Directed by: William Byron Hillman
Starring: David Heavener, Charlene Tilton, Allan Rich, Sam Bottoms, Samantha Eggar, Jesse Borja, and Benny "The Jet" Urquidez
Cage Damante (Heavener) is a Vietnam vet who became a kickboxer. He signed a contract with the evil gangster Regetti (Rich), but fled from New York City to California to escape him and start a new life. His dream is to be a singer/songwriter on the country music circuit. With the help of girlfriend Ali Webster (Tilton), the troubled Cage may have a future. He also has a strong bond with Legs (Bottoms), a fellow vet and agoraphobic who refuses to leave the VA hospital. Both Cage and Legs are seeing psychiatrist Dr. May (Eggar) for further psychological help. Cage suffers from debilitating flashbacks. Just when things are looking better, Regetti insists that Cage “fulfill his contract” and engage in a “fight to the death” with none other than a dude named Dr. Death (Borja). Regetti even sends his goons after both Cage and Ali in order to force him to fight. Will Cage succumb to Regetti’s demands? Or does he have some tricks up his sleeve?
Even though this movie wasn’t written or directed by David Heavener, as many of his later projects were, it seems he’s in the driver’s seat here as the main star and singer of the many songs this movie has to offer. Heavener seems to have plenty of heart here, and Ragin’ Cajun, despite the tagline of “More Blood Than Bloodsport! More Kick Than Kickboxer!” is primarily a drama. Yes, there is some fighting and a smidgen of action, but this could firmly fit in the “Drama” section of your local video store, as opposed to the “Action” section. But Van Damme was huge at the time, so, even though Heavener couldn’t be more different, the marketing people saw an opening during the action boom of the day.
Benny “The Jet” Urquidez is on board in a small role as a fighter that takes on “The Cajun”, but interestingly he is billed as “Introducing” Benny The Jet, even though he had been in a bunch of movies before this. Charlene Tilton seems to be giving her all as the devoted girlfriend/singer/guitar player that refuses to give up on Cage. Didn’t she play a similar role in Deadly Bet (1992)? Samantha Eggar is a quality actress and it’s surely a coup that she agreed to be in this. But it truly is a cavalcade of music stars - Tommy Roe, Cristy Lane, Rex Allen Jr., Billy Vera and a few others perform songs, as do Tilton and Heavener, making this almost a quasi-musical. Of course, it’s always funny when Heavener is sitting on a park bench with an acoustic guitar, and begins singin’ and playin’, and mic’d vocals and guitar with effects come strumming out.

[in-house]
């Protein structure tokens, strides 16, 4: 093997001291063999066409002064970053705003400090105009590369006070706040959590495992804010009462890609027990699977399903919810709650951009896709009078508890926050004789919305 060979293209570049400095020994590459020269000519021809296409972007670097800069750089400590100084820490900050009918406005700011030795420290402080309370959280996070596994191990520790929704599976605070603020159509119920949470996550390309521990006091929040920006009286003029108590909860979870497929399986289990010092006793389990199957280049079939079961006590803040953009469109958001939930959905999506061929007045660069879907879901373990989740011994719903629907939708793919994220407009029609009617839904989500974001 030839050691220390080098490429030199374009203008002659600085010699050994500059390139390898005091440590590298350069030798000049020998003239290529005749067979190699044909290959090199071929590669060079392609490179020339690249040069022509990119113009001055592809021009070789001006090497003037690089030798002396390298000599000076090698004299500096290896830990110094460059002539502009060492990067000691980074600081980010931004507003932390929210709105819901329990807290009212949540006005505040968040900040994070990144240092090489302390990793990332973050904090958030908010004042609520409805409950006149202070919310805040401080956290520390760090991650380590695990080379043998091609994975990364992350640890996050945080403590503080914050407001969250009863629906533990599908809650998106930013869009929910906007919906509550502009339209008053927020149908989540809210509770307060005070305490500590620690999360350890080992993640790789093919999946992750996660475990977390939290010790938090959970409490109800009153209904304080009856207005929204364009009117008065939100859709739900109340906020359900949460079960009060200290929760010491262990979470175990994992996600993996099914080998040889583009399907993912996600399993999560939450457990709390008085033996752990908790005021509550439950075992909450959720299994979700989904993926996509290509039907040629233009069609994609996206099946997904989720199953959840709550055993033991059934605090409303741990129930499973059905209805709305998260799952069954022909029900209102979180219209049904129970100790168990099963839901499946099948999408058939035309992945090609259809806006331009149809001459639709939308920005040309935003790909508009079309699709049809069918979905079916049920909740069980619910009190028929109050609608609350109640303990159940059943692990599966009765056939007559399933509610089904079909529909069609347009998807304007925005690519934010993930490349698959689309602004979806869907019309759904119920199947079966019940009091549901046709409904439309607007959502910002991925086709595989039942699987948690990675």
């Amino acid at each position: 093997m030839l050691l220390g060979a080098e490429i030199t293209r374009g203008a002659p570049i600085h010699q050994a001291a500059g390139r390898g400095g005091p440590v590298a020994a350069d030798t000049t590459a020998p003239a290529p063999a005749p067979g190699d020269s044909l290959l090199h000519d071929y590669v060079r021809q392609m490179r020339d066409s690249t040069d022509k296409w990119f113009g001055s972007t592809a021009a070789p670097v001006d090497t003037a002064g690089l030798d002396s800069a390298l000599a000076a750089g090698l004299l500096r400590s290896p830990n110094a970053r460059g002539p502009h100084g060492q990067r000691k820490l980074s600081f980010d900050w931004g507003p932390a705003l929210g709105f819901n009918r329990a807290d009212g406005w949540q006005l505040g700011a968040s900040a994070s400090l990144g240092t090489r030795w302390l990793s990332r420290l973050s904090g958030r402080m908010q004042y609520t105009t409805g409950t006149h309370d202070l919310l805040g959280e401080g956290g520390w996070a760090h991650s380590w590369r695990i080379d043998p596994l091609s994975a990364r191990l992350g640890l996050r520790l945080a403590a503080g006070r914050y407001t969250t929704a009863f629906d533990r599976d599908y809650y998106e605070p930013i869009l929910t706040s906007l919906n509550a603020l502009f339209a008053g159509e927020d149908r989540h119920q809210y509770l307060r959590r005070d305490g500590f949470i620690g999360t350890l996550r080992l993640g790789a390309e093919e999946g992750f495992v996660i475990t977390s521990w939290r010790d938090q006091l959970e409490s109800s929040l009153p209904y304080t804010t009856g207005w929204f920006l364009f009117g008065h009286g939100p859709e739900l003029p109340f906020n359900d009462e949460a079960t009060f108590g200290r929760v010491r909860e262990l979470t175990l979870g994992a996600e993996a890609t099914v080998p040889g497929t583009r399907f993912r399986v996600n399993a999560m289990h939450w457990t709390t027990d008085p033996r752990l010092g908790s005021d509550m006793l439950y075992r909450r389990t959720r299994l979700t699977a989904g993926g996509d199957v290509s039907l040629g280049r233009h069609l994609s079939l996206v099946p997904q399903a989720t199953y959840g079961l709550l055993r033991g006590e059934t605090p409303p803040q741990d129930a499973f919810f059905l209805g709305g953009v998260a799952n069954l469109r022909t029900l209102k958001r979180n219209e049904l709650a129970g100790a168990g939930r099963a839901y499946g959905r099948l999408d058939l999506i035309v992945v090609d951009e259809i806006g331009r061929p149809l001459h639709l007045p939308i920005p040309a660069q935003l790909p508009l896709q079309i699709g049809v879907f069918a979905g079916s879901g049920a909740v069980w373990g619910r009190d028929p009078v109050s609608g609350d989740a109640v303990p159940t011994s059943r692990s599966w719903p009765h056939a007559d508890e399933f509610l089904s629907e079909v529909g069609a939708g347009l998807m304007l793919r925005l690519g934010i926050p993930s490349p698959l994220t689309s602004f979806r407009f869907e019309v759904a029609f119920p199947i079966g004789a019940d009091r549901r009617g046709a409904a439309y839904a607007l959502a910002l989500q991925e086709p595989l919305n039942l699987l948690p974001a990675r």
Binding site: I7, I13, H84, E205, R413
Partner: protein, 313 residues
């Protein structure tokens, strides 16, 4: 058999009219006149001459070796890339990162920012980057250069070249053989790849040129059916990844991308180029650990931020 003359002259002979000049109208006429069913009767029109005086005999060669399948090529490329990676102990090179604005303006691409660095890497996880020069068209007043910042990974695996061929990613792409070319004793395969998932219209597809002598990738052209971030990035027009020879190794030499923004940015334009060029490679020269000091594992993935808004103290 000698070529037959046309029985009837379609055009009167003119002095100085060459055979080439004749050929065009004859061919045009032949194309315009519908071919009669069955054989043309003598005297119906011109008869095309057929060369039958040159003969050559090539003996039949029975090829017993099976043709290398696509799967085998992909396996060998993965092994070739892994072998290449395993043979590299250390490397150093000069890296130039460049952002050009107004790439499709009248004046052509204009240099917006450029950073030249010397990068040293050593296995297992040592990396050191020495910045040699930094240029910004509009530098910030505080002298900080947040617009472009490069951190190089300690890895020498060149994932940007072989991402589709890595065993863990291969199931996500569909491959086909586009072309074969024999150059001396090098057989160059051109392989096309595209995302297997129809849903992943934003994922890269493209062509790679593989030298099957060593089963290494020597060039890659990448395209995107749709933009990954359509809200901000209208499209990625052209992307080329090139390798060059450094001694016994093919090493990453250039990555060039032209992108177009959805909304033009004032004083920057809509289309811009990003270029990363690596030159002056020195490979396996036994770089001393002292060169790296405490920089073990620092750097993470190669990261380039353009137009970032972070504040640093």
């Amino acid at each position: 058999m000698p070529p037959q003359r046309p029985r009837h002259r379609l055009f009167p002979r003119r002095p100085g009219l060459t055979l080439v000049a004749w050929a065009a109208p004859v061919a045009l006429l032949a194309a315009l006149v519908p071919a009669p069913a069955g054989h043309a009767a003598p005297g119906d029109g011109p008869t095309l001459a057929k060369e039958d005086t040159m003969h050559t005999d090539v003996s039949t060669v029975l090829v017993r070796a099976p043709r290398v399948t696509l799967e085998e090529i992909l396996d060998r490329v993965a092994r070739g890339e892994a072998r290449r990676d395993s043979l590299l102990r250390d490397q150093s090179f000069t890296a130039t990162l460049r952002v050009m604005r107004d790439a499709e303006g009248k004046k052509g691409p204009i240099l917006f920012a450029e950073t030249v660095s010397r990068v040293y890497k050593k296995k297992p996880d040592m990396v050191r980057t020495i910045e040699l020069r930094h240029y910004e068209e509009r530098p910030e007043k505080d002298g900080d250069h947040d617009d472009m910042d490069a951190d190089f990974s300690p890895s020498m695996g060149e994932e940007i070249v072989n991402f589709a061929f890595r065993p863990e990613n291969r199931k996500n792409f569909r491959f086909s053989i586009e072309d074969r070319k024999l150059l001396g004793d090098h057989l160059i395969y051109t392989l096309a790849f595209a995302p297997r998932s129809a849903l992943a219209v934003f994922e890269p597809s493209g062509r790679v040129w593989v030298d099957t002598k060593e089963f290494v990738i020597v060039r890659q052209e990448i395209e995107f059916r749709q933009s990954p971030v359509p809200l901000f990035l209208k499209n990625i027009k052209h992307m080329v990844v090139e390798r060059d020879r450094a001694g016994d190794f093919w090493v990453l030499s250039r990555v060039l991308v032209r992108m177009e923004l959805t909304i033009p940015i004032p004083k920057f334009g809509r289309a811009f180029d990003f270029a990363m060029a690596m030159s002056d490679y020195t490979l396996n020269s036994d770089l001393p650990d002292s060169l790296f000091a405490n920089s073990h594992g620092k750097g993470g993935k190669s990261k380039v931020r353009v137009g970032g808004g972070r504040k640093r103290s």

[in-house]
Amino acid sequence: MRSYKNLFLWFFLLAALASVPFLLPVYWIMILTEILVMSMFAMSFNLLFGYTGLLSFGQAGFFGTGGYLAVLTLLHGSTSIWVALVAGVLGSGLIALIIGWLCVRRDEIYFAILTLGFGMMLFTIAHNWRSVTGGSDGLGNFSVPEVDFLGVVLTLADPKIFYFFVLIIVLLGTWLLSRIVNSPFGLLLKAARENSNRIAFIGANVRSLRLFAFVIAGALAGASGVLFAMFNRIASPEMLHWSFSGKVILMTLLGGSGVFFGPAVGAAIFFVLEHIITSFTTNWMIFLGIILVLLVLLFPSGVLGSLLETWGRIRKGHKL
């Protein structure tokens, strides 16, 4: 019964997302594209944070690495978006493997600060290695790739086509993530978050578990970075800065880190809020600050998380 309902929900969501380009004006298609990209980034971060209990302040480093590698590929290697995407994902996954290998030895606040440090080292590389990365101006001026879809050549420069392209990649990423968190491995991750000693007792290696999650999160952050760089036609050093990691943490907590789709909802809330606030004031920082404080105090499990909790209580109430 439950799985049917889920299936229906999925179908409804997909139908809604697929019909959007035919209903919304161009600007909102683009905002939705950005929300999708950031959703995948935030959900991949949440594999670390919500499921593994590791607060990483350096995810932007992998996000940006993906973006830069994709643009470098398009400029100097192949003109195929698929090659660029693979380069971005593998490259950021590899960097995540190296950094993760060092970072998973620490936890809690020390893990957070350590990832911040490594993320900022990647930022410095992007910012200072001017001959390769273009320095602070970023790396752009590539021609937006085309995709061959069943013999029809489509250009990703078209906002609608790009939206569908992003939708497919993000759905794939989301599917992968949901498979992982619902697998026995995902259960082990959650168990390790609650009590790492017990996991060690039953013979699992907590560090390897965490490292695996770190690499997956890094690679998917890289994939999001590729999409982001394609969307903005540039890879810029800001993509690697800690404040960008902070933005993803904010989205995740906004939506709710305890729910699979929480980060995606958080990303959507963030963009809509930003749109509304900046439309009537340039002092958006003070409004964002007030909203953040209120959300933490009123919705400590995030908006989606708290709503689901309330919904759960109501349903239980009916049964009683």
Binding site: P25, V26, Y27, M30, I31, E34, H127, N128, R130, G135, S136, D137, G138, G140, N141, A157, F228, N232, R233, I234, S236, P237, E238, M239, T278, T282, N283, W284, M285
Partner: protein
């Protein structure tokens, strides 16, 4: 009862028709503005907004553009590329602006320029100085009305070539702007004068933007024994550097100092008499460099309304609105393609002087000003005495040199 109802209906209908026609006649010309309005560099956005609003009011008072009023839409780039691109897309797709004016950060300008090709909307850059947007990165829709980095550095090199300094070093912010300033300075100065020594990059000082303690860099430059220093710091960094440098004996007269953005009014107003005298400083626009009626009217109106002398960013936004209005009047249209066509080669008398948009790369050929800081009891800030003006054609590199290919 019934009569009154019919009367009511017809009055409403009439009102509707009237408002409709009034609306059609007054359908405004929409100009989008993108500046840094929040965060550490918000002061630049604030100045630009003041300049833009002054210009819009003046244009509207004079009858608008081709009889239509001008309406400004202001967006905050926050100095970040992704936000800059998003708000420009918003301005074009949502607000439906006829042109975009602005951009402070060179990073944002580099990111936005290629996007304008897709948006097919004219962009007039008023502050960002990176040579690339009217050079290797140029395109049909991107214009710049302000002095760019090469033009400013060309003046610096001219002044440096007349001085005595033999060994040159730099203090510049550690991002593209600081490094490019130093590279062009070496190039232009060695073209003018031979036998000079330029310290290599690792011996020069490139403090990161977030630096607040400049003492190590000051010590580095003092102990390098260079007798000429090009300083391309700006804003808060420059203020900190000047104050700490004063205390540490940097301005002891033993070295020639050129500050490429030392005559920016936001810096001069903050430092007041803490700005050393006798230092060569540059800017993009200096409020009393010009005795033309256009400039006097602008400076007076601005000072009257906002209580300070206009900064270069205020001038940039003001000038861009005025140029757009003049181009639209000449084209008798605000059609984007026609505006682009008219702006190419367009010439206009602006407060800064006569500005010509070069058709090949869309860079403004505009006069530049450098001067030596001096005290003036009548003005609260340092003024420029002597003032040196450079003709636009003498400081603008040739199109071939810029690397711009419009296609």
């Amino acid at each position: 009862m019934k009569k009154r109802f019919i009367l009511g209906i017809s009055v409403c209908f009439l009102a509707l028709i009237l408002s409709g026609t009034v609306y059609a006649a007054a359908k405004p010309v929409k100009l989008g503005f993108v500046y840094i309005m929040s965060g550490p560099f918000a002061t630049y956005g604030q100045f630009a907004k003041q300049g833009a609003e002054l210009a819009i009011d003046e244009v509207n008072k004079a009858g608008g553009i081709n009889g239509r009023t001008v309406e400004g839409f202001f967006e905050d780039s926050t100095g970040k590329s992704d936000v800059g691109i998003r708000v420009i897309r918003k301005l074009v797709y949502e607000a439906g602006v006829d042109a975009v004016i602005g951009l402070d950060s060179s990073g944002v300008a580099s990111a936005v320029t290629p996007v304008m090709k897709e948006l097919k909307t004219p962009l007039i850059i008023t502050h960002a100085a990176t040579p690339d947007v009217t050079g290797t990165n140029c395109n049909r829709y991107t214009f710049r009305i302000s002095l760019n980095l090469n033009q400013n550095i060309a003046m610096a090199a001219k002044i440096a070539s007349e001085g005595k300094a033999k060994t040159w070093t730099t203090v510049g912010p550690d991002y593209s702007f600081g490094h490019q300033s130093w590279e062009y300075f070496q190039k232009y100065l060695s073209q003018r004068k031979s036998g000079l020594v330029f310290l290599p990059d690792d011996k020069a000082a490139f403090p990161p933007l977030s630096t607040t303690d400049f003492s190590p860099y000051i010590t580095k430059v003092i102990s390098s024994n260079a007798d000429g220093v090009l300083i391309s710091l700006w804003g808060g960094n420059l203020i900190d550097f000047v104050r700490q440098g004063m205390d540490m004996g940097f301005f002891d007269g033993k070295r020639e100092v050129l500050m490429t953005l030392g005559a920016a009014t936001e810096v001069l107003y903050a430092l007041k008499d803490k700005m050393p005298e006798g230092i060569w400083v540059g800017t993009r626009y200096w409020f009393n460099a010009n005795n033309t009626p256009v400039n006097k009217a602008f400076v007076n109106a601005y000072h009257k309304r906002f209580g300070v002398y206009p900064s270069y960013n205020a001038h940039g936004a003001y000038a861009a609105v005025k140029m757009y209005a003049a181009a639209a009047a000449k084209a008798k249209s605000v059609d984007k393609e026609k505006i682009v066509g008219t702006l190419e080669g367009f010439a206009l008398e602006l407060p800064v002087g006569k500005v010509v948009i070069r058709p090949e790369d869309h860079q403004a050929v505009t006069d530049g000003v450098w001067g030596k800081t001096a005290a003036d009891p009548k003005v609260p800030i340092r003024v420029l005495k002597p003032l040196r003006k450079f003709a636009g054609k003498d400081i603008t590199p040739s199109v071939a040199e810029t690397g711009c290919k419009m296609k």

But truly the star of the musical show is one Atanas Ilitch, using the stage name “Atanas”. His “Let’s Live Together” destroys the competition. Why an 80’s-disco synthpop song is even in the same universe as all the country pickin’ has yet to be determined. But like fellow Heavener vehicle Outlaw Force (1988), before the movie begins, there is an advertisement for the soundtrack. This commercial is a movie highlight. (yes, we know that doesn’t make logical sense, but you know what we mean). Not available in stores! 12 original songs from the original artists! ONLY available on stereo cassette! Call now! I wonder if operators are still standing by...
Seeing as how visions of exploding huts dance in his head, there are plenty of chances for odd editing. But the choppiness in the editing room comes out in other, more unexpected places as well. We see what Heavener and writer/director Hillman were trying to do, but this drama/love story/almost-Punchfighter/action/gangster/musical comes out as you might expect - something like a not entirely digested meal. Not that this movie is BAD, but it’s a bit on the haphazard side, and some of the fat could have been trimmed from it as well.
Once again, AIP delivers to video stores what others only can dream of. And once again, we applaud them for it. But this Heavener outing is a mixed bag at best.
Comeuppance Review by: Brett and Ty